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District Court erred in drug sentence

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The 7th Circuit Court of Appeals vacated a man's sentence for conspiracy to distribute methamphetamine because the District Court failed to figure out the quantity of the drug reasonably attributable to the defendant.

In United States of America v. Jeffrey Dean, No. 08-3287, Jeffrey Dean appealed his conspiracy to distribute conviction and the 156-month prison sentence. He was convicted by a jury, which also found him responsible for no more than 500 grams of the drug.

The District Court used the base-level offense of 38 based on the level computed in the pre-sentence report, but adjusted it down two levels because Dean was a minor player in the conspiracy. The judge added two levels for obstruction of justice because Dean stated under oath he never sold methamphetamine when the evidence showed otherwise. The adjusted offense level of 38 was then reduced four levels to 34 because the judge split the difference between 38 and 30, which is the guideline range for 500 grams. She then reduced it to a level 33 because addiction was the driving force behind Dean's participation in the offense.

The District Court never took the first essential step of calculating the correct base offense level because it failed to ascertain the quantity of methamphetamine reasonably foreseeable to Dean. It originally set the level at 38 because it was a reliable estimate of the amount of drugs being dealt by everyone in the conspiracy, but it didn't determine how much could be attributed to Dean, wrote Judge Kenneth Ripple. The Circuit Court rejected the approach of the District Court judge to split the difference between offense levels as the equivalent of a judicial determination of the amount of drugs attributable to Dean.

"We therefore must vacate Mr. Dean's sentence and remand this case to the district court so that it may make a specific finding as to the quantity of methamphetamine reasonably foreseeable to Mr. Dean and, on the basis of that finding, impose the correct sentence," he wrote.

The 7th Circuit Court of Appeals affirmed the imposition of a two level increase after finding Dean committed obstruction of justice. It's clear from the transcript he willfully made misrepresentations under oath that were relevant to the prosecution with specific intent of obstructing justice, wrote Judge Ripple.

The federal appellate judges also affirmed Dean's conviction of conspiracy to distribute, finding the government introduced sufficient evidence from which a reasonable jury could find he intentionally joined the charged conspiracy.

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  1. Just an aside, but regardless of the outcome, I 'm proud of Judge William Hughes. He was the original magistrate on the Home place issue. He ruled for Home Place, and was primaried by Brainard for it. Their tool Poindexter failed to unseat Hughes, who won support for his honesty and courage throughout the county, and he was reelected Judge of Hamilton County's Superior Court. You can still stand for something and survive. Thanks, Judge Hughes!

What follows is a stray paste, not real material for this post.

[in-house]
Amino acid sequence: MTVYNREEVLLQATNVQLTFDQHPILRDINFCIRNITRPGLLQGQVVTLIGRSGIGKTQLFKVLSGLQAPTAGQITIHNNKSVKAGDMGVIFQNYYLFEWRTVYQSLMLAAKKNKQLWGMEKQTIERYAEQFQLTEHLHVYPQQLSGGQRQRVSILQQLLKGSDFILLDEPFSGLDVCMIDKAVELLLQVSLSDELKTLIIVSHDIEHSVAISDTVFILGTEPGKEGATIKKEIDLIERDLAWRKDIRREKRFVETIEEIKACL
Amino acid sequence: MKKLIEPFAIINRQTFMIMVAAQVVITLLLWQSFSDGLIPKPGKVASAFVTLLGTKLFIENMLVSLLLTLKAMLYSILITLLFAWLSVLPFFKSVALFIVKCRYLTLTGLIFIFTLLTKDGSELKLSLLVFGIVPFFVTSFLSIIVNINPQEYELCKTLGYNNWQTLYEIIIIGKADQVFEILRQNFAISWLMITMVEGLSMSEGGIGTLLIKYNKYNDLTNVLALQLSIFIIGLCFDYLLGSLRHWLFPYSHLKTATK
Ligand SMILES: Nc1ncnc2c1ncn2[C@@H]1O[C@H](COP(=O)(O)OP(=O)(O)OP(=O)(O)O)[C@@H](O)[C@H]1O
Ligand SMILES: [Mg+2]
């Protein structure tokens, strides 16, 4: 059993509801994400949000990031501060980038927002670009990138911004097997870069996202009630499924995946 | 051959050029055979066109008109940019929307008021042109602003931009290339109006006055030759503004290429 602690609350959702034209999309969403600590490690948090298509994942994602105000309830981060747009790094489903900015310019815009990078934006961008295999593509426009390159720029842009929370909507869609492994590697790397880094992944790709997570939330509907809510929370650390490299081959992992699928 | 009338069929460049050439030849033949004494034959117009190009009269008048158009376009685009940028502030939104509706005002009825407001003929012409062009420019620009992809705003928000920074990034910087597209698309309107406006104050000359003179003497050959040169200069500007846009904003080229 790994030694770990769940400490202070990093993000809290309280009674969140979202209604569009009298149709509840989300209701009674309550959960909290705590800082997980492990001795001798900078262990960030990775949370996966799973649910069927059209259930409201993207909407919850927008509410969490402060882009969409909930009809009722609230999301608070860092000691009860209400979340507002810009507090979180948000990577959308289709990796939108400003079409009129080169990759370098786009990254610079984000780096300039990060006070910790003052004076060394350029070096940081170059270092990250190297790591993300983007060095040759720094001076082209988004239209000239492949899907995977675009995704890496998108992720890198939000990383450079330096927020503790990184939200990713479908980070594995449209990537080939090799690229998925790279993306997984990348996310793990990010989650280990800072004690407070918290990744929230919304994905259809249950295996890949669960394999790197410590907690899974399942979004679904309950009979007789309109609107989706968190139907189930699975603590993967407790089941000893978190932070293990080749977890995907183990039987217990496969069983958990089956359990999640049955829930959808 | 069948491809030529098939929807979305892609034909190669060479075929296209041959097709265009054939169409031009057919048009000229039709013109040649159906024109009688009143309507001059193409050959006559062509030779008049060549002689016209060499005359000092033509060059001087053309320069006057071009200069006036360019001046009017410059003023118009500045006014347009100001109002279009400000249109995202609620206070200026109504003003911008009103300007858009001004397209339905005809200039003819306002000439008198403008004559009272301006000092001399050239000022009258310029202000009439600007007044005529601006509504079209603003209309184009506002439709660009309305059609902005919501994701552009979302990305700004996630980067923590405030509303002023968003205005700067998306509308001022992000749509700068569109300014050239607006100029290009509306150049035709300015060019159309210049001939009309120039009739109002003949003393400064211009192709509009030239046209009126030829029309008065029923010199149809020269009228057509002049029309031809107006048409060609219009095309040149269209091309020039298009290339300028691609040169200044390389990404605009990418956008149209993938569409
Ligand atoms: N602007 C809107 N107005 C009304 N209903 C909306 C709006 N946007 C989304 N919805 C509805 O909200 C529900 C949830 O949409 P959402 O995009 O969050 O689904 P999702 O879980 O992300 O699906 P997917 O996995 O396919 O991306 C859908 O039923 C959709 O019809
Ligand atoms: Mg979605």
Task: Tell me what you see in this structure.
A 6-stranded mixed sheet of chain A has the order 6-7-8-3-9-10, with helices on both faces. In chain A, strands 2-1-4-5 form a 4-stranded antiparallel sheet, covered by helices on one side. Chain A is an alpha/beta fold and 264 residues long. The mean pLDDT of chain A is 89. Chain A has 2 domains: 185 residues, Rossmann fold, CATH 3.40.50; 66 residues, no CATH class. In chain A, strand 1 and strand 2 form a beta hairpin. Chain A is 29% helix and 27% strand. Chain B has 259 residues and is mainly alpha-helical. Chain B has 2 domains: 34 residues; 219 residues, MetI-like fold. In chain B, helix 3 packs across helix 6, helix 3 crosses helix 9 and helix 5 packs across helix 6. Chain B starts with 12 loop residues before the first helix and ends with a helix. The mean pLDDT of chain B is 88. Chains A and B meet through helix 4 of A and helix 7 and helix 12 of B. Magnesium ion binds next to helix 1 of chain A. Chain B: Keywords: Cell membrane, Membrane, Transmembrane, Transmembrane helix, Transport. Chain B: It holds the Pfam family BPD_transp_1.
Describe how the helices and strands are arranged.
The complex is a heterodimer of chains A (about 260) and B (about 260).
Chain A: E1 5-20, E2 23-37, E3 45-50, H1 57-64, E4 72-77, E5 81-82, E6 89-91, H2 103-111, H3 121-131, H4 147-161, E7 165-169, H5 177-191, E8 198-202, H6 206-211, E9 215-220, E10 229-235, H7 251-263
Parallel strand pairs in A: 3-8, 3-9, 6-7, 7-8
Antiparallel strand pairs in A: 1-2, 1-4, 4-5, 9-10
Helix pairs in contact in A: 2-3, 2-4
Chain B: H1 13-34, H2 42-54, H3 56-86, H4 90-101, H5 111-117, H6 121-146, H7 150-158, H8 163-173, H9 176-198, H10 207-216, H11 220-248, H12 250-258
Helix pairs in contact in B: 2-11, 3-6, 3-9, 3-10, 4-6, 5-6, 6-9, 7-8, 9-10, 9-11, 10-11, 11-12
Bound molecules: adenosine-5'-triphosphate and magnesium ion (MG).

2. CCHP's real accomplishment is the 2015 law signed by Gov Pence that basically outlaws any annexation that is forced where a 65% majority of landowners in the affected area disagree. Regardless of whether HP wins or loses, the citizens of Indiana will not have another fiasco like this. The law Gov Pence signed is a direct result of this malgovernance.

  3. I gave tempparry guardship to a friend of my granddaughter in 2012. I went to prison. I had custody. My daughter went to prison to. We are out. My daughter gave me custody but can get her back. She was not order to give me custody . but now we want granddaughter back from friend. She's 14 now. What rights do we have

  4. This sure is not what most who value good governance consider the Rule of Law to entail: "In a letter dated March 2, which Brizzi forwarded to IBJ, the commission dismissed the grievance “on grounds that there is not reasonable cause to believe that you are guilty of misconduct.”" Yet two month later reasonable cause does exist? (Or is the commission forging ahead, the need for reasonable belief be damned? -- A seeming violation of the Rules of Profession Ethics on the part of the commission) Could the rule of law theory cause one to believe that an explanation is in order? Could it be that Hoosier attorneys live under Imperial Law (which is also a t-word that rhymes with infamy) in which the Platonic guardians can do no wrong and never owe the plebeian class any explanation for their powerful actions. (Might makes it right?) Could this be a case of politics directing the commission, as celebrated IU Mauer Professor (the late) Patrick Baude warned was happening 20 years ago in his controversial (whisteblowing) ethics lecture on a quite similar topic: http://www.repository.law.indiana.edu/cgi/viewcontent.cgi?article=1498&context=ilj

  5. I have a case presently pending cert review before the SCOTUS that reveals just how Indiana regulates the bar. I have been denied licensure for life for holding the wrong views and questioning the grand inquisitors as to their duties as to state and federal constitutional due process. True story: https://www.scribd.com/doc/299040839/2016Petitionforcert-to-SCOTUS Shorter, Amici brief serving to frame issue as misuse of govt licensure: https://www.scribd.com/doc/312841269/Thomas-More-Society-Amicus-Brown-v-Ind-Bd-of-Law-Examiners

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